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A REASONABLE MAN (director/writer: Gavin Hood; cinematographer: Buster Reynolds; editor: Avril Beukes; music: Neill Solomon; cast: Gavin Hood (Sean Raine), Nigel Hawthorne (Judge), Janine Eser (Jennifer), Loyiso Gxwala t (Sipho), Vusi Kunene (Prosecutor Linde), Ken Gampu (Headman); Runtime: 101; MPAA Rating: NR; producer: Paul Raleigh/Gavin Hood; Pandora Film; 1999-South Africa/France)
“A quality thinking man’s courtroom drama.”

Reviewed by Dennis Schwartz

A quality thinking man’s courtroom drama that questions our judgments over true faith and the Western definition for “a reasonable man.” It’s inspired by a true story in 1933. The drama marks the directorial debut for the talented South African writer-director -star Gavin Hood(“Tsotsi”/”Ender’s Game”/”Eye in the Sky”).

Gavin Hood plays a white South African city corporate lawyer, on vacation to a Zulu national park with his photographer girlfriend (Janine Eser). He ends up while there defending an 18-year-old black herd boy (Loyiso Gxwala) from the rural Zululand, who has killed a one year old baby in the mistaken belief that he was killing an evil spirit–known throughout Southern Africa as the “Tikoloshe.” The strange case leads us to enter the world of African magic to discover in the courtroom what the killing really signifies, as it attempts to make sense of Zulu superstitions in a capital punishment case.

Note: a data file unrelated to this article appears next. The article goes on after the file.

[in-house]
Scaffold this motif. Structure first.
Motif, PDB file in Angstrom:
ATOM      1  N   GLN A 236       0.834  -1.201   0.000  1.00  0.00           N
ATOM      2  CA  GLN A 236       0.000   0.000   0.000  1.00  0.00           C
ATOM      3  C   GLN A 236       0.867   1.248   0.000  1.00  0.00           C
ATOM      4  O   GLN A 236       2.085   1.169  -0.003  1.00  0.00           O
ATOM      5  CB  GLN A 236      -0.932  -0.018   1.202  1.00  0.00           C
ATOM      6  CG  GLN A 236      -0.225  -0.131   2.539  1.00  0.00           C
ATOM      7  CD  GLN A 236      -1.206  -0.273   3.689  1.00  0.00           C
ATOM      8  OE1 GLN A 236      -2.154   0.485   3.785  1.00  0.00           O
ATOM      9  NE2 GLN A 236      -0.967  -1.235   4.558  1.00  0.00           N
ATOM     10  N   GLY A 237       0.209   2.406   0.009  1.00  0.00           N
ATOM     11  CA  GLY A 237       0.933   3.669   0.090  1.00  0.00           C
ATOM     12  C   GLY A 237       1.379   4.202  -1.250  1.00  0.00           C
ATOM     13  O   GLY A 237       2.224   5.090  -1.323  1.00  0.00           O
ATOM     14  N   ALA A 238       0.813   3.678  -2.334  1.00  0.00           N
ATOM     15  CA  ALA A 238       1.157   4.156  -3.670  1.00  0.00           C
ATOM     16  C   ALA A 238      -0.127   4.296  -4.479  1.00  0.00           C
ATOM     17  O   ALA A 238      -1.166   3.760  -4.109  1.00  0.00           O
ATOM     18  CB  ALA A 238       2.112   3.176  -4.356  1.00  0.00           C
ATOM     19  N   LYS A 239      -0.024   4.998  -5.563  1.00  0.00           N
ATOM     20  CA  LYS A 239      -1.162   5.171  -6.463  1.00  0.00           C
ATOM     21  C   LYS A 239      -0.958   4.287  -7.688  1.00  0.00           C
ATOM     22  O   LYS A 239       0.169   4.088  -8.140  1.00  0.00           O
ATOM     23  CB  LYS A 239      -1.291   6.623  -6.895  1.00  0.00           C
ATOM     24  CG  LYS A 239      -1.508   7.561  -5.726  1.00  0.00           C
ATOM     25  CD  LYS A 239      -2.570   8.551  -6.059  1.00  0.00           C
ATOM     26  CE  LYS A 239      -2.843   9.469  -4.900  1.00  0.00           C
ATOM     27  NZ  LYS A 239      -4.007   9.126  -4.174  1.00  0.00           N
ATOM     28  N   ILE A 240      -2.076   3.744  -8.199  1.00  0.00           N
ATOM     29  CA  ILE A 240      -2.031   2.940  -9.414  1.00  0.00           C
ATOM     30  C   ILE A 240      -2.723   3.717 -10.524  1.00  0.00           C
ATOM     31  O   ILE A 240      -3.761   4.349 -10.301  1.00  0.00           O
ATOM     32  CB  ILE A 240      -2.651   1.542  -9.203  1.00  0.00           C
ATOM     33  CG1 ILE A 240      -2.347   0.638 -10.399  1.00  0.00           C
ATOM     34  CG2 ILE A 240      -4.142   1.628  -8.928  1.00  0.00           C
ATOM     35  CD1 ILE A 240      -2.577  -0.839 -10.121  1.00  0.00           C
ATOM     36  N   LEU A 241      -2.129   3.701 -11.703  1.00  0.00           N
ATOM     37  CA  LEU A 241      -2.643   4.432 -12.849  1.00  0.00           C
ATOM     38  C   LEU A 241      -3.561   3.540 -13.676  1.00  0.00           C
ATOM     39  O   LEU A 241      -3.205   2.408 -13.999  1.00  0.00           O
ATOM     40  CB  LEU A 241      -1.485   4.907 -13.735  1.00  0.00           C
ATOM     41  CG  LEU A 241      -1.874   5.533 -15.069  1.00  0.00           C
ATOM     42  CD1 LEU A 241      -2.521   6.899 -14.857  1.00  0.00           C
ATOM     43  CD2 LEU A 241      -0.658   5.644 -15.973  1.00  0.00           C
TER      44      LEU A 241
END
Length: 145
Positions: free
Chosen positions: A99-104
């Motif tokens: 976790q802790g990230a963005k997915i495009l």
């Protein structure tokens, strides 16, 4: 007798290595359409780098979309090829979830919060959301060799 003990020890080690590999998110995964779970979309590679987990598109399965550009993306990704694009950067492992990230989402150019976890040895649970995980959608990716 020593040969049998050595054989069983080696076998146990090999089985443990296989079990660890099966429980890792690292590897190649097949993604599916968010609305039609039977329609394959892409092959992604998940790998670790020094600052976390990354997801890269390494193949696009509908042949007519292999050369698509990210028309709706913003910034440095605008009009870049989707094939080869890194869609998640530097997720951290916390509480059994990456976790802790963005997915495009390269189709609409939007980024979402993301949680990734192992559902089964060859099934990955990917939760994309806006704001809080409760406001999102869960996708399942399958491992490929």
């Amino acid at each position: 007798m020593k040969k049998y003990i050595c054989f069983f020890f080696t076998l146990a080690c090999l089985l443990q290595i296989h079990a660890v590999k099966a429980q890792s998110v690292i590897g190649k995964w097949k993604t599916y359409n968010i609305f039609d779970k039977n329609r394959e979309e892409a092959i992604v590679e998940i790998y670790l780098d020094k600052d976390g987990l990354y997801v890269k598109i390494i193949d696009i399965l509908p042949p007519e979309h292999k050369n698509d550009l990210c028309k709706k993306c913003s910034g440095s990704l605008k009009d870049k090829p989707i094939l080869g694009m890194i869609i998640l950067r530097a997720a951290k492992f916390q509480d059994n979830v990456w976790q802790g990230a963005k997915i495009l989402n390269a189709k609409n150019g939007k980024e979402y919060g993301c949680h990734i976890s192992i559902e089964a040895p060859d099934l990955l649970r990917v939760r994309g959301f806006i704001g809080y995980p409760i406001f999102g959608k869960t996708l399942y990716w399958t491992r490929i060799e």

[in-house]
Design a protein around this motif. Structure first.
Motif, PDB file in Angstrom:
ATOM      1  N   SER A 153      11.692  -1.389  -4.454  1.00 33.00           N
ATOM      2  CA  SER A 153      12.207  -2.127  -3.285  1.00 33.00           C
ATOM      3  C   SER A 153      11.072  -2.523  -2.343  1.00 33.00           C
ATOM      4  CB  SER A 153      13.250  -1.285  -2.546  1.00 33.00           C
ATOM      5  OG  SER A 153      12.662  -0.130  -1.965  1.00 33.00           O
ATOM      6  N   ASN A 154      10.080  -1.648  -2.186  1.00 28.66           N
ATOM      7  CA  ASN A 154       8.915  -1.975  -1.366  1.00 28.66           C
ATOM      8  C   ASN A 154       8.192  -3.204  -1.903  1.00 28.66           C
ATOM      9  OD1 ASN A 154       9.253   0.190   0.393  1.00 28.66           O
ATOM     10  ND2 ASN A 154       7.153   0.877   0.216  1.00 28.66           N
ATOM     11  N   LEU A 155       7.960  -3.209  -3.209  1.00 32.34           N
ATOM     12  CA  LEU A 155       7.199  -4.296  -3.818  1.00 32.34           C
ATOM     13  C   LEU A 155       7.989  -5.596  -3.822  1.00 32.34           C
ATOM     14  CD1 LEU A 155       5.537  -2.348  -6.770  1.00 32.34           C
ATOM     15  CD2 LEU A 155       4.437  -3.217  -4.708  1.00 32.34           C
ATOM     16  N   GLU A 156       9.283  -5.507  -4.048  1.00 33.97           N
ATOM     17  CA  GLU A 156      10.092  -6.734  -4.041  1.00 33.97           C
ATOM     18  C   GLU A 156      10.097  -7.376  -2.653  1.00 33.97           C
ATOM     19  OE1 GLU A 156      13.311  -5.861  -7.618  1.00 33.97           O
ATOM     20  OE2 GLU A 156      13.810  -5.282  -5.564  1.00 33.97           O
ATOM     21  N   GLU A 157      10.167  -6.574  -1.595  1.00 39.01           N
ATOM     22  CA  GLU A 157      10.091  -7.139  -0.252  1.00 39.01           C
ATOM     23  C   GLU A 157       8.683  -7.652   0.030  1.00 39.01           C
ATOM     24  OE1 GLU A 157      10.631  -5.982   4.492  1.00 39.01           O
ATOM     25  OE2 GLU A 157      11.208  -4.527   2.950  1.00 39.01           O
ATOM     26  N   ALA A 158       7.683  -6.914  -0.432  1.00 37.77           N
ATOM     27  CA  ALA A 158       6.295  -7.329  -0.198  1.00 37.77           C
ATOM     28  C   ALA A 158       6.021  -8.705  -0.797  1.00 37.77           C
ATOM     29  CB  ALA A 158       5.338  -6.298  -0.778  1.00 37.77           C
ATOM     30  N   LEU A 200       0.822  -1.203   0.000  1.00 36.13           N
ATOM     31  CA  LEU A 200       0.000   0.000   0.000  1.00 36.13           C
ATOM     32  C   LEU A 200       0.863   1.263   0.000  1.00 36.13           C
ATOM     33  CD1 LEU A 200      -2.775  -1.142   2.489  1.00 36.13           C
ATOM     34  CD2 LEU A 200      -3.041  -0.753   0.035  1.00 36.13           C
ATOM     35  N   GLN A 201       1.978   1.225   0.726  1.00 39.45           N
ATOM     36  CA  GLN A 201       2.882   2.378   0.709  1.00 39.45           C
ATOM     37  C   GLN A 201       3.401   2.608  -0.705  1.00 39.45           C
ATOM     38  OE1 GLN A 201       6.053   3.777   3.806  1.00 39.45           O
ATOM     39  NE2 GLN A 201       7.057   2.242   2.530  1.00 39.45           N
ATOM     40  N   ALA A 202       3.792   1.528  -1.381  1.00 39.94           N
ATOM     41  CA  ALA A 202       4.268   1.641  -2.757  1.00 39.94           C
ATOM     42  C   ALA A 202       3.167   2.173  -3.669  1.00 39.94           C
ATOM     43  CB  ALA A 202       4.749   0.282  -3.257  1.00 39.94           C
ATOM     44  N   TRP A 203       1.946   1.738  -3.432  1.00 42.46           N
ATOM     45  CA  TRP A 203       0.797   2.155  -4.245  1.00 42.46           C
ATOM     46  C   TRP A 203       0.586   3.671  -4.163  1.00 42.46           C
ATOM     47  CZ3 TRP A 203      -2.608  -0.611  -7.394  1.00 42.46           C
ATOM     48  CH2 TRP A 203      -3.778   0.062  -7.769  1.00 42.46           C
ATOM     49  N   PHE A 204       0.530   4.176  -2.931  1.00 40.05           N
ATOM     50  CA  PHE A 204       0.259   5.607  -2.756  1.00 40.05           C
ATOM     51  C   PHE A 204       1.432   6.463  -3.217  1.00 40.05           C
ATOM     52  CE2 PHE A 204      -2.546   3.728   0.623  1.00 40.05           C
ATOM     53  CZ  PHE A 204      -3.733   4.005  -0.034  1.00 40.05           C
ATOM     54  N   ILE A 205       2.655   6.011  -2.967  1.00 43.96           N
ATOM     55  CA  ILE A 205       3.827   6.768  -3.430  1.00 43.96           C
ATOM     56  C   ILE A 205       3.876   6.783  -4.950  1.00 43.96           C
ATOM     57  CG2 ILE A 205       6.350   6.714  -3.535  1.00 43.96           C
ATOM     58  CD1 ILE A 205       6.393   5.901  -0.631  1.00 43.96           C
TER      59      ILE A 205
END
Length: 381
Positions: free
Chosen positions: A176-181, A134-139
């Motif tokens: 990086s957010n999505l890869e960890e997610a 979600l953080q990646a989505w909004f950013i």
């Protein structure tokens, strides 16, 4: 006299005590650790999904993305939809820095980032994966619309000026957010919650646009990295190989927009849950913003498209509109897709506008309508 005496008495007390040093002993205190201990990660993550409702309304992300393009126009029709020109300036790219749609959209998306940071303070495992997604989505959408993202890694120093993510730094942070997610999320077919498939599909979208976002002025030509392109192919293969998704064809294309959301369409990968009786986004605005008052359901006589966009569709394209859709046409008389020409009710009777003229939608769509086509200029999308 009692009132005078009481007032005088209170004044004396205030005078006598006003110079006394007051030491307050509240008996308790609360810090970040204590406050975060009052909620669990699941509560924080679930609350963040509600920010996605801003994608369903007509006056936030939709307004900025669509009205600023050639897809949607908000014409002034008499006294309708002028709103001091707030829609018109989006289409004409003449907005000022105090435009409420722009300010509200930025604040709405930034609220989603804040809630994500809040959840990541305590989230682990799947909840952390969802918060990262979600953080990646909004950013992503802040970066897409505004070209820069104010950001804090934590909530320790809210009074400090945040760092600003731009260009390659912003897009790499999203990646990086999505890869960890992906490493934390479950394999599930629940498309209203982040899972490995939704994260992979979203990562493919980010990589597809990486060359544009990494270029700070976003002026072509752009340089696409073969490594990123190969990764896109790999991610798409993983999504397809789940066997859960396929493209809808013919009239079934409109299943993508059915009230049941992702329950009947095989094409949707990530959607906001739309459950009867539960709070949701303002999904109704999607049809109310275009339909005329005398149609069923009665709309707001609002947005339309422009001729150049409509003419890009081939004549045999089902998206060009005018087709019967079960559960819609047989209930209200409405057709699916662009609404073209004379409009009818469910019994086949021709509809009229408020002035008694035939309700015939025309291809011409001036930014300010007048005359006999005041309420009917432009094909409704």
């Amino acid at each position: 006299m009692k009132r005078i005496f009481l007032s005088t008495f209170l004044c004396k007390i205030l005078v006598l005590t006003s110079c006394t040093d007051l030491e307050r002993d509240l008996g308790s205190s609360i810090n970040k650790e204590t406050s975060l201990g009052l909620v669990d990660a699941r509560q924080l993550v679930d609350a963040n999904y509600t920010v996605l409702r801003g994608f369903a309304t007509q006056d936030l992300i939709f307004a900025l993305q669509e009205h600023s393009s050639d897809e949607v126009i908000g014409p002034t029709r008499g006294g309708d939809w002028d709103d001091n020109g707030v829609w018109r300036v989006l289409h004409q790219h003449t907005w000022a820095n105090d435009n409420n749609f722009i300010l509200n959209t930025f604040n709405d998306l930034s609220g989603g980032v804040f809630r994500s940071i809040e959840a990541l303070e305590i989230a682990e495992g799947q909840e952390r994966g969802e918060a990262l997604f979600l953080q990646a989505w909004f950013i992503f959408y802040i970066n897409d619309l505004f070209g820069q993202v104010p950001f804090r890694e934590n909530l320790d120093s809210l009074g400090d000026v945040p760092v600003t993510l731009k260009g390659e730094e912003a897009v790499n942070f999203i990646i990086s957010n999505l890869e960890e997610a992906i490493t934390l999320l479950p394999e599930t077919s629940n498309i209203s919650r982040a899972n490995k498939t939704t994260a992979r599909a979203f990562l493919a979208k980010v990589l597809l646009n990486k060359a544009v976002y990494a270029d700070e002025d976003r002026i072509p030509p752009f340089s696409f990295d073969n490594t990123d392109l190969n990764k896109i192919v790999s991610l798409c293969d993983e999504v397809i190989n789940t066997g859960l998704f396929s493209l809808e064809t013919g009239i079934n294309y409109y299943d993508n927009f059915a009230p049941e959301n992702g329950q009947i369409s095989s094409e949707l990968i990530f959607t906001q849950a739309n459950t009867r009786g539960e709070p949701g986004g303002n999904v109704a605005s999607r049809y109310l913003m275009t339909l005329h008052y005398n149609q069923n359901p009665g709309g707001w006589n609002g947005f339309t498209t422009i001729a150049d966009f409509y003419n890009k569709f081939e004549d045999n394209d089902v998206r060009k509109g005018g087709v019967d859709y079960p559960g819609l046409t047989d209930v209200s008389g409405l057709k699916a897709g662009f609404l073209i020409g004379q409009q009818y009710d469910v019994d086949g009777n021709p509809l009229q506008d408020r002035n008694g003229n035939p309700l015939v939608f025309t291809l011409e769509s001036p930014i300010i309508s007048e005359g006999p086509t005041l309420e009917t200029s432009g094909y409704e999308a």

The courtroom action brings to our attention such a unique murder alibi, even if it never quite clears up how witchcraft should be treated in a modern multicultural society.

Vusi Kunene plays the prosecutor, who charges the herd boy of taking a hatchet to the child to sell his body parts. Nigel Hawthorne plays the by-the-book judge, who runs an orderly and fair courtroom. While Hood defends his frightened client by stating how his primitive religious beliefs enticed him to kill.


Dennis Schwartz: “Ozus’ World Movie Reviews”